In the November print issue of Discover Magazine, the article “Cooking trees to save citrus” discusses the pathogenic attack of citrus trees by a bacterium spread by Asian psyllids and how heat generation can sterilize trees from these infectious agents. Unfortunately, the ash tree, which is also under attack by a microbial pathogen, doesn’t have the same line of defense. In a race against the spread of the disease across Europe, scientists are trying to uncover the genetic mechanism for fungal resistance by recruiting the help of citizen scientists.
With autumn comes a multitude of colors—but the ash tree, faithful to its name, stays a non-conflagrant color while waiting for winter to take its leaves. Or while waiting for its microscopic predator, the Chalara fungus. Chalara causes ash dieback, a disease that has wiped out over 60% of the ash trees in Denmark, and is now sweeping across Europe, with highest incidences in Sweden and the UK. Yet some trees exhibit resilience to infection by Chalara, and it’s this curious display of biological fitness that has incited the interest of geneticists. The Sainsbury Lab (TSL), in collaboration with the John Innes Centre set about exploring this scientific problem by collecting samples from the Chalara fungus and ash trees from all over the UK, infected and resistant alike. But when confronted with the massive amount of genetic information beholden by these samples, they opted to recruit the help of citizen scientists.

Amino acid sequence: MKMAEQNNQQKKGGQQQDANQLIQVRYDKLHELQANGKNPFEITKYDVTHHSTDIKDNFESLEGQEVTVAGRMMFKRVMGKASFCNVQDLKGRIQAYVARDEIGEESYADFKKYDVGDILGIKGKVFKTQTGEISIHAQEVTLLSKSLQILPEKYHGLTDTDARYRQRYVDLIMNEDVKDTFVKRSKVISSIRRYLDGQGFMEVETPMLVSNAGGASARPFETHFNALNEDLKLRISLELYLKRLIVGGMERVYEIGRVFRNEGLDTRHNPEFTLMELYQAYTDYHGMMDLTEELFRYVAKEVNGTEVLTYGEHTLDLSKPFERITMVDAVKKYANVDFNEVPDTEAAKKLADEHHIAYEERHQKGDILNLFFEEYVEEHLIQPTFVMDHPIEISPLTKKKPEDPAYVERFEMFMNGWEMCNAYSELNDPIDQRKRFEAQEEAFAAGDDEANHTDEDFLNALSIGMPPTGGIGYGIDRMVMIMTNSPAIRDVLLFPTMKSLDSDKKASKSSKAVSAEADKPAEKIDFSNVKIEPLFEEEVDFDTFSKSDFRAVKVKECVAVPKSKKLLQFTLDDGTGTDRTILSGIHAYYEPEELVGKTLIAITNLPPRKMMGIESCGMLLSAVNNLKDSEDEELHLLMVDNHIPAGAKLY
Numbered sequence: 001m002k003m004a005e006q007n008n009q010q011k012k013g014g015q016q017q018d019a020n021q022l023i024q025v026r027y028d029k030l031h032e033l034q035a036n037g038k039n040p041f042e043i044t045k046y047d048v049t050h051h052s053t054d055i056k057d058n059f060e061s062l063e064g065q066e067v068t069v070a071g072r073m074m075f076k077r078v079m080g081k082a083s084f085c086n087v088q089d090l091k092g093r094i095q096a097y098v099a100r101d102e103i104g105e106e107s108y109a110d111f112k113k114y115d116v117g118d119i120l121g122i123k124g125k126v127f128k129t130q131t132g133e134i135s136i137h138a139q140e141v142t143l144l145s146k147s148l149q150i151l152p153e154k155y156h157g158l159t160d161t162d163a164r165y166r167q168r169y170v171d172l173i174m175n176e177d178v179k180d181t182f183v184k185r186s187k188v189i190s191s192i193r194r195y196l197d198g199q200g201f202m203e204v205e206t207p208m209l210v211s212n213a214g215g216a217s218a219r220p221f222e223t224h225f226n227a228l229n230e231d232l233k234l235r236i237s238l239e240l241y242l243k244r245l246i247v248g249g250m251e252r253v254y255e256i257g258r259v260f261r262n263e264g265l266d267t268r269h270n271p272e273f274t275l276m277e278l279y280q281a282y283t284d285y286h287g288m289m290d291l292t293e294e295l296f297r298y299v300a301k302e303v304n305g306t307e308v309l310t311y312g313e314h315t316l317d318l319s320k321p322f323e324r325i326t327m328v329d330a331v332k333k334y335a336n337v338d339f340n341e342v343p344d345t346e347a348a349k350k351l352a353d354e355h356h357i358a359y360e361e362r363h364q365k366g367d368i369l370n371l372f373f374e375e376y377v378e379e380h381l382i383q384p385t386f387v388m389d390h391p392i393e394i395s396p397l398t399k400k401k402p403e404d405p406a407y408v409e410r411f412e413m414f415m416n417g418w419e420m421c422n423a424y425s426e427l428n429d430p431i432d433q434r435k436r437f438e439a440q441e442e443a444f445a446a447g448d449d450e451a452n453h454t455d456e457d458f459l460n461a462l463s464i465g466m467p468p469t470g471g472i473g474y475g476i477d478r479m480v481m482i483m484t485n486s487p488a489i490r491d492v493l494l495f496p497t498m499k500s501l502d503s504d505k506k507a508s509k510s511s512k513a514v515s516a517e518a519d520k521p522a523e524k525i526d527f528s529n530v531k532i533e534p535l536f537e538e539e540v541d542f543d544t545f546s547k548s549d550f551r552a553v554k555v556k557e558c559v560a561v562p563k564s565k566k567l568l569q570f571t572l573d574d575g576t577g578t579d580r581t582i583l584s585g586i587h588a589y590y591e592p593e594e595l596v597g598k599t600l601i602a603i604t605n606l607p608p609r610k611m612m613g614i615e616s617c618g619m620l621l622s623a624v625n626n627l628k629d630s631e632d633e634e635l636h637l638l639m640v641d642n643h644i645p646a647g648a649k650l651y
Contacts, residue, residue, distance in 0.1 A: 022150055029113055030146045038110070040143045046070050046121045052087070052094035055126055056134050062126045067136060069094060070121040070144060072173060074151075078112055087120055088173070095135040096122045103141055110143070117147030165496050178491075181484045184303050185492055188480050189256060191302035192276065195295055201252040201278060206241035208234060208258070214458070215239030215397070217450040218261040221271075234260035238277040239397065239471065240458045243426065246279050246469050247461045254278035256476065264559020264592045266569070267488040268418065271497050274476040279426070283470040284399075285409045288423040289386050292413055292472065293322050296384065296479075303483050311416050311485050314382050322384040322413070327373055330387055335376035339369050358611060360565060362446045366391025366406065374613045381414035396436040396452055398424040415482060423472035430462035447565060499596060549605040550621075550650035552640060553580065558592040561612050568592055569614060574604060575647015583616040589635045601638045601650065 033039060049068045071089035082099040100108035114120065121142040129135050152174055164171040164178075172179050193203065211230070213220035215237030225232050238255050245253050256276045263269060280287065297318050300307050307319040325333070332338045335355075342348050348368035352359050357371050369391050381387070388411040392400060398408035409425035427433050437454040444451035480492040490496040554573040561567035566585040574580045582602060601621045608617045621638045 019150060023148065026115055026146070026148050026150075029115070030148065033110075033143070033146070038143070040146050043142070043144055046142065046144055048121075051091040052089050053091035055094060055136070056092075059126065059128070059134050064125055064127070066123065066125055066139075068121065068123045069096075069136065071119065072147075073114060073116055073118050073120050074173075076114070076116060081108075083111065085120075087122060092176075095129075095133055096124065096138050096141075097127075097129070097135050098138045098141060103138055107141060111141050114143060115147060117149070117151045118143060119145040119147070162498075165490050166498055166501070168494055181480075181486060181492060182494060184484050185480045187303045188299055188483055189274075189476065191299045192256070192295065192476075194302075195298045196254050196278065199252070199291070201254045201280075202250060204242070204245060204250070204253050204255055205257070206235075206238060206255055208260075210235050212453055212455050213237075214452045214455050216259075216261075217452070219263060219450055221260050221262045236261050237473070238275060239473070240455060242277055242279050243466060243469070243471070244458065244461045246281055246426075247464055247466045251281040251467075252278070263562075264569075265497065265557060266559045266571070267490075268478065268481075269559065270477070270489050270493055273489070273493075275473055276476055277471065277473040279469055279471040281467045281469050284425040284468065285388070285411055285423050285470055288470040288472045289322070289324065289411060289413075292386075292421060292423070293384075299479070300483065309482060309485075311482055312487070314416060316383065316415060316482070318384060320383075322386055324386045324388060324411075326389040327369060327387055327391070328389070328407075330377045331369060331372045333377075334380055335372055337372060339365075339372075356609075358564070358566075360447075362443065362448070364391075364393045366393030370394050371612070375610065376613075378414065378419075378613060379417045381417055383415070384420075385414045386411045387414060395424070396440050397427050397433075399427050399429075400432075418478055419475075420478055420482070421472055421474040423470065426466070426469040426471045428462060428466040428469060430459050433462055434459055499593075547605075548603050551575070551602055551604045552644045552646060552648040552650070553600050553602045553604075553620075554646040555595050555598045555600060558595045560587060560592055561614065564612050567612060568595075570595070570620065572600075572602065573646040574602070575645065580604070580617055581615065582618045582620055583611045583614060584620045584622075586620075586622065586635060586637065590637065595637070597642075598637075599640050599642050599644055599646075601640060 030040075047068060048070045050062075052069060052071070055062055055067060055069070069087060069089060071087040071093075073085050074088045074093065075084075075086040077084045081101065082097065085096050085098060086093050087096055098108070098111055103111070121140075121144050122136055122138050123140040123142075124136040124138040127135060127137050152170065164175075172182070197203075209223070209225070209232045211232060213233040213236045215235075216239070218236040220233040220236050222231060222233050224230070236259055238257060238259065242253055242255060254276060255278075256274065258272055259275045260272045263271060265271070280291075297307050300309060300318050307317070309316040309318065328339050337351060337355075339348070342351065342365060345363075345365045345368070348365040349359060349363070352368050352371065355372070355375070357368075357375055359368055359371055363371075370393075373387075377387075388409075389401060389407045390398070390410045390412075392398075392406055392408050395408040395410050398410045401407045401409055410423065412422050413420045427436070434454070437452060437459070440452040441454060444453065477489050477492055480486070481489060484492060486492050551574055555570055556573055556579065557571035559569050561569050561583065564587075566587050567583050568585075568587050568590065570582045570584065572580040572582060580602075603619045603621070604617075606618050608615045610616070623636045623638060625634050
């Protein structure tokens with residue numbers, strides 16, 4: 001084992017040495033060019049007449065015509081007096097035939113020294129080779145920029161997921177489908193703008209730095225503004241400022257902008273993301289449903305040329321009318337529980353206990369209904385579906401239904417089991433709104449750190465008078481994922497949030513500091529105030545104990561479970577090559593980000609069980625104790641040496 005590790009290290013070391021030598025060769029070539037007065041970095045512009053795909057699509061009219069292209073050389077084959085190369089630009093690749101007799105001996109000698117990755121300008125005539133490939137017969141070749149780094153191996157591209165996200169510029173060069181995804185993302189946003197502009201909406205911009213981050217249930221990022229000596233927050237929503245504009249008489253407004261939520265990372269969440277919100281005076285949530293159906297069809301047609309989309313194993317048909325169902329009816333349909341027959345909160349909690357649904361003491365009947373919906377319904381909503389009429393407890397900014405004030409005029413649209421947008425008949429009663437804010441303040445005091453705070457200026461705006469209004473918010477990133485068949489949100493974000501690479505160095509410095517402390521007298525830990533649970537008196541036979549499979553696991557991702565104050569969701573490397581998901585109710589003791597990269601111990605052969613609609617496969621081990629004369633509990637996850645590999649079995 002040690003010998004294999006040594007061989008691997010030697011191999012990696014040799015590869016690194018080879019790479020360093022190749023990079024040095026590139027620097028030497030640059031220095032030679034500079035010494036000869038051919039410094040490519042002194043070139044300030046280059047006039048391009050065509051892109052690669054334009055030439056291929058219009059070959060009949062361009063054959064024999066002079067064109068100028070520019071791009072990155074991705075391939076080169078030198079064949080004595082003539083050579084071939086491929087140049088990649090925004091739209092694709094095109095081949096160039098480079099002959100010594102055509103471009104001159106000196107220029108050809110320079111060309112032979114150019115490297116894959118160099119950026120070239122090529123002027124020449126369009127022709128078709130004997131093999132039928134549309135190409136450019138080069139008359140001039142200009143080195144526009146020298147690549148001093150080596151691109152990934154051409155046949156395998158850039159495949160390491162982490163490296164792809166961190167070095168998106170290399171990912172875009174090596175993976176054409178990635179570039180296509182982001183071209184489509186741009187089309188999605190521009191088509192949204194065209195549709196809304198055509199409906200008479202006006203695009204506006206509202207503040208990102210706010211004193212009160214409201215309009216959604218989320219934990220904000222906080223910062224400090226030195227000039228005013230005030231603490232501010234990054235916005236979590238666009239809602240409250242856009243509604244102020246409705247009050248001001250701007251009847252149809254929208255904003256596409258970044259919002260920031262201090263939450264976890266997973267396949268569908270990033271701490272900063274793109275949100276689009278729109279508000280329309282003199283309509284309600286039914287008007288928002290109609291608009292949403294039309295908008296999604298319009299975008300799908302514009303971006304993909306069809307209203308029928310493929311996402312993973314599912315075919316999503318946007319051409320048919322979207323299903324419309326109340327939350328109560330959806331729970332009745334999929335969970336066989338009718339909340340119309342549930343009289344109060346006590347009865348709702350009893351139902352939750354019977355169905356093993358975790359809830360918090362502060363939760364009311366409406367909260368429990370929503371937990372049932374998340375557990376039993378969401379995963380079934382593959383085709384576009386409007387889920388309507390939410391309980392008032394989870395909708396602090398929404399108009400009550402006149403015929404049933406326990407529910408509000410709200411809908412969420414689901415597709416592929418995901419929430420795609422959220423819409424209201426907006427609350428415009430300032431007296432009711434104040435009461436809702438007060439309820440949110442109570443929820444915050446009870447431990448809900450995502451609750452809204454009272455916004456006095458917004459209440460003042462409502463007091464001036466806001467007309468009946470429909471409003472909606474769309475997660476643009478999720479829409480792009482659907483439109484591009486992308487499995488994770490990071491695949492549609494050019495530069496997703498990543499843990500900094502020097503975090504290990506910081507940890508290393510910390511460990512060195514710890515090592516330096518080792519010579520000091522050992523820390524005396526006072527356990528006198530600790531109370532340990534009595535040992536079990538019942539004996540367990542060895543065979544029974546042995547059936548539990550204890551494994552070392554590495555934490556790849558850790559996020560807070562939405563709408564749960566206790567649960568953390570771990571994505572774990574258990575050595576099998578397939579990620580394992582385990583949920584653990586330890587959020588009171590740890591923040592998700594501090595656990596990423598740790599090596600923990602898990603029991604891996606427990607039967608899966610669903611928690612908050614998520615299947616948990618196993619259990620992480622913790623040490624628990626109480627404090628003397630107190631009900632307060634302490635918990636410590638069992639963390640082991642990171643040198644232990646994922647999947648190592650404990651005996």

When Chalara first presented itself in the UK in 2012, Dan MacLean, a professor of bioinformatics at TSL, quickly recognized that uncovering the genetic underpinnings for Chalara resistance would be challenging for current bioinformatics solutions given the complex genome structure of this fungal organism. Computational algorithms can readily sort through DNA sequence data to determine differences between sequences, but only if those sequences are of standard issue. Accordingly, MacLean and colleagues developed Fraxinus, a game named after the scientific name for the ash tree, Fraxinus excelsior, for users to play on real DNA sequence data, leveraging their unique strength over computers—visual pattern matching. Users can log in to Facebook and play against other users to match bases between multiple sequences of Chalara or ash DNA (represented as colorful leaves) in a process called sequence alignment. The player with the best alignment gets to “keep” the sequence, and the player with the most sequences wins. Easier said than done—differing bases can be challenging to resolve optimally, and meandering sequences require intricate problem solving to outcompete other players. However, Fraxinus users have played against high performance software algorithms and matched or beaten their computer opponent in more than 80% of cases.